Andy Granatelli, a flamboyant race car driver turned businessman who became a household name with TV commercials for his STP fuel and oil additives, died Sunday at a Santa Barbara hospital. He was 90.

Granatelli died of congestive heart failure, his wife, Dolly, said.

Over the course of his career, he was inducted into 19 engineering and motorsport halls of fame, including, in 2002, the hall of fame at the Indianapolis Motor Speedway.

A natural promoter, he designed and owned cutting-edge cars raced at Indy and marketed his achievements with flair, decking himself and his crew out in pajama-like white suits covered with red STP stickers.

Andy Granatelli: A news obituary of auto racing figure Andy Granatelli in the Dec. 30 LATExtra section said he started the Tuneup Masters chain of low-cost garages after a business deal in 1985. The chain was started by Jerry Dres in 1958, and Granatelli had an ownership interest from 1978 to 1986.

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The globally broadcast image of the attention-grabbing outfits was "the best thing that ever happened to STP or the speedway," Granatelli said in a recent interview. "To this day it makes the covers of magazines."

Granatelli wrote a 1969 autobiography titled "They Call Me Mr. 500," but he drove the famed speedway just once, crashing in the qualifying rounds in 1948. He broke both shoulders and lost 11 teeth. At the time, he owned a small Chicago garage but was billing himself as Antonio the Great, an Italian rocket-car driver.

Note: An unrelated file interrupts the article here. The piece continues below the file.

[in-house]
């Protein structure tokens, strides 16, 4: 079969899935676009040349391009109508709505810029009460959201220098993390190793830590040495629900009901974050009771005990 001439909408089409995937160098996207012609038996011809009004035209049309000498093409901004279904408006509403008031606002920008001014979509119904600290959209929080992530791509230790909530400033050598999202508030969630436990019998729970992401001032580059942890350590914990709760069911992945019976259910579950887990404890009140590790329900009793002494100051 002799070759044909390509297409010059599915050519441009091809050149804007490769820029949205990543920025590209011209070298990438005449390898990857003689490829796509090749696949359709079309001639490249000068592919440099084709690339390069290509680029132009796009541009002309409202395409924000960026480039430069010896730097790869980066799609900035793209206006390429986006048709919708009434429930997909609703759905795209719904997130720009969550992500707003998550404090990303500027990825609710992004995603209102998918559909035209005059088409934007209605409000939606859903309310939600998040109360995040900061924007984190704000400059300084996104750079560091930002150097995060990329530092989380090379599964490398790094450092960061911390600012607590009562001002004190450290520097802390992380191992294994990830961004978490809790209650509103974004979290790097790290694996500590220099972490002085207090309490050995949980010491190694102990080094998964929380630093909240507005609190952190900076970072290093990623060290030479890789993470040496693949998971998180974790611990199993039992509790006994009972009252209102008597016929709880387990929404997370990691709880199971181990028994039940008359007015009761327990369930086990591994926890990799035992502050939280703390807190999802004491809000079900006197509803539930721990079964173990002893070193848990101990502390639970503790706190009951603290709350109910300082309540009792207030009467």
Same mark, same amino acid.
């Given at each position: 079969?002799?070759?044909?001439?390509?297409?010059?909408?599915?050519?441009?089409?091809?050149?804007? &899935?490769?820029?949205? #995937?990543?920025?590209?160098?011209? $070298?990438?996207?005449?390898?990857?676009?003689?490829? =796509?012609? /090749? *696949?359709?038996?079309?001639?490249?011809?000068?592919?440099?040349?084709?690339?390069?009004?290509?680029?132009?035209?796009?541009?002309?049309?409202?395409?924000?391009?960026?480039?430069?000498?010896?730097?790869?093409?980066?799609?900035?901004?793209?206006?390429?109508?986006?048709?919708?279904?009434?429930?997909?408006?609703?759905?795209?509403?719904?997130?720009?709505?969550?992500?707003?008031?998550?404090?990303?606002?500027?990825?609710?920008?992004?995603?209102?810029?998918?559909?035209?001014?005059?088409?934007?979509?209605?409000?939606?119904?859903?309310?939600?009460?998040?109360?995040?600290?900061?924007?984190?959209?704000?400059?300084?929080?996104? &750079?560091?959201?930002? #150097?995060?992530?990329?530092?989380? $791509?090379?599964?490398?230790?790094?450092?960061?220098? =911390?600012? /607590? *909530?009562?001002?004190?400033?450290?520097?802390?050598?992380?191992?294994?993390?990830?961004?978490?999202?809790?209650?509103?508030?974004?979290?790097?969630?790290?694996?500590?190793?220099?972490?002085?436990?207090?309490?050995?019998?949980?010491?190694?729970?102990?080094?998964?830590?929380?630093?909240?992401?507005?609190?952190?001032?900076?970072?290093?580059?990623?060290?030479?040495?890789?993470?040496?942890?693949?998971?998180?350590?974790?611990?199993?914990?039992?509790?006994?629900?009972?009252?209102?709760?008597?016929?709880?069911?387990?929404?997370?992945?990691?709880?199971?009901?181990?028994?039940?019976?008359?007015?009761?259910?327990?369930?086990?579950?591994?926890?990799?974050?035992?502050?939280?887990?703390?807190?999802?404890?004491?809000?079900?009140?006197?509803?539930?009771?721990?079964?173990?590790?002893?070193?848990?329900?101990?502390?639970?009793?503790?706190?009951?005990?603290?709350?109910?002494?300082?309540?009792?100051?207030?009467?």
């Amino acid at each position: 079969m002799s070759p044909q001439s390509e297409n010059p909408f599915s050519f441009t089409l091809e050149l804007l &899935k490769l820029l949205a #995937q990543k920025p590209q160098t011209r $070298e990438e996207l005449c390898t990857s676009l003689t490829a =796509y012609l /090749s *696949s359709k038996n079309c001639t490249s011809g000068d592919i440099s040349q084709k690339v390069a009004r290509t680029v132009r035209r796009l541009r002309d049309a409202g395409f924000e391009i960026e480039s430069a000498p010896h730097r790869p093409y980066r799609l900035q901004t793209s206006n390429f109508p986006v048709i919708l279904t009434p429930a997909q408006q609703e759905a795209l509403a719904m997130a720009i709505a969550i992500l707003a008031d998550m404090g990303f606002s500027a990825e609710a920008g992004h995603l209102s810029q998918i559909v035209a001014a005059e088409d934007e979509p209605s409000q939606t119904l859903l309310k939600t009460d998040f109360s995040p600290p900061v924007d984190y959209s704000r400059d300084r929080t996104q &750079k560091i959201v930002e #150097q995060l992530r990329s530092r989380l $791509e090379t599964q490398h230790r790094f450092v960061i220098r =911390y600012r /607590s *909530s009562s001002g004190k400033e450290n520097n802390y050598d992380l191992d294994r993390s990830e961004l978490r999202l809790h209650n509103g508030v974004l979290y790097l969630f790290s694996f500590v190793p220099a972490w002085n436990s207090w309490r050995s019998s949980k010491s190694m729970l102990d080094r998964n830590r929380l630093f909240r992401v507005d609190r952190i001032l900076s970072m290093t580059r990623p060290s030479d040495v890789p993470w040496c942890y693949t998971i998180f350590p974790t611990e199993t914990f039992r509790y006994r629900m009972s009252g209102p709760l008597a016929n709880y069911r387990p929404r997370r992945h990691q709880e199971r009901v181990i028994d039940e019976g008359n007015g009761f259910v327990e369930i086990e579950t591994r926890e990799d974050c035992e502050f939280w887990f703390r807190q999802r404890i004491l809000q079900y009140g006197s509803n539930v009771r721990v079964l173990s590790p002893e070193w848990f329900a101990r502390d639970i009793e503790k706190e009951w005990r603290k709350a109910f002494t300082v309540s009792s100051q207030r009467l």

Despite the mishap, Granatelli soon was one of the best-known people in the sport.

"He understood better than anyone the spirit and challenge of the Indianapolis 500 and had a remarkable ability to combine innovative technologies with talented race car drivers to make his cars a threat to win at Indianapolis every year," J. Douglas Boles, the speedway's president, said in a statement Sunday.

"Andy leaves a legacy of historic moments that will live forever in Indianapolis 500 lore," Boles said, "including his famous turbine that dominated the 1967 Indianapolis 500, the Lotus 56 of 1968, and giving the great Mario Andretti a kiss on the cheek in Victory Lane after his 1969 win."

The kiss, an exuberant smooch that made the papers worldwide, was classic Granatelli, the late Times racing writer Shav Glick wrote in 2000.

"Granatelli, all 300 pounds of him, ran earsplitting Novis and silent turbine 'Whooshmobiles,' kissed Mario Andretti in the winner's circle, and made STP such a familiar name that when Neil Armtstrong was about to walk on the moon, it was rumored the first thing he might see would be an STP sticker," Glick wrote.

Although the Federal Trade Commission ultimately questioned STP's effectiveness, Granatelli, its president and chief executive, was the ultimate pitchman, handing out STP hats and T-shirts and donning his trademark trenchcoat in its ubiquitous commercials. In less than a decade, he boosted its annual sales from $2 million to $100 million.

The "wondrous campaign represents total involvement of a kind rarely seen in America since the days when peddlers sold their own celery tonic from Conestoga wagons," Sports Illustrated wrote in 1968.

In an Autoweek interview two years ago, Granatelli said the personal touch was sadly missing from today's racing scene.

"It used to be in the 1950s and '60s that you could watch a car go by and tell who the driver was by the way he sat in it, upright or lying down or whatever," Granatelli said. "You can see none of that now, because the car goes by so fast, and the driver is hidden down in that hole. Then the stupid driver gets out of the car, takes his helmet off, puts on a hat and sunglasses, and all you can see is the tip of his nose and his lips. We're supposed to pull for a nose and a set of lips?"

Born March 18, 1923, in Dallas, Anthony Granatelli grew up poor in Chicago. He and his two brothers, Joe and Vince, took to cars naturally, he once told an interviewer.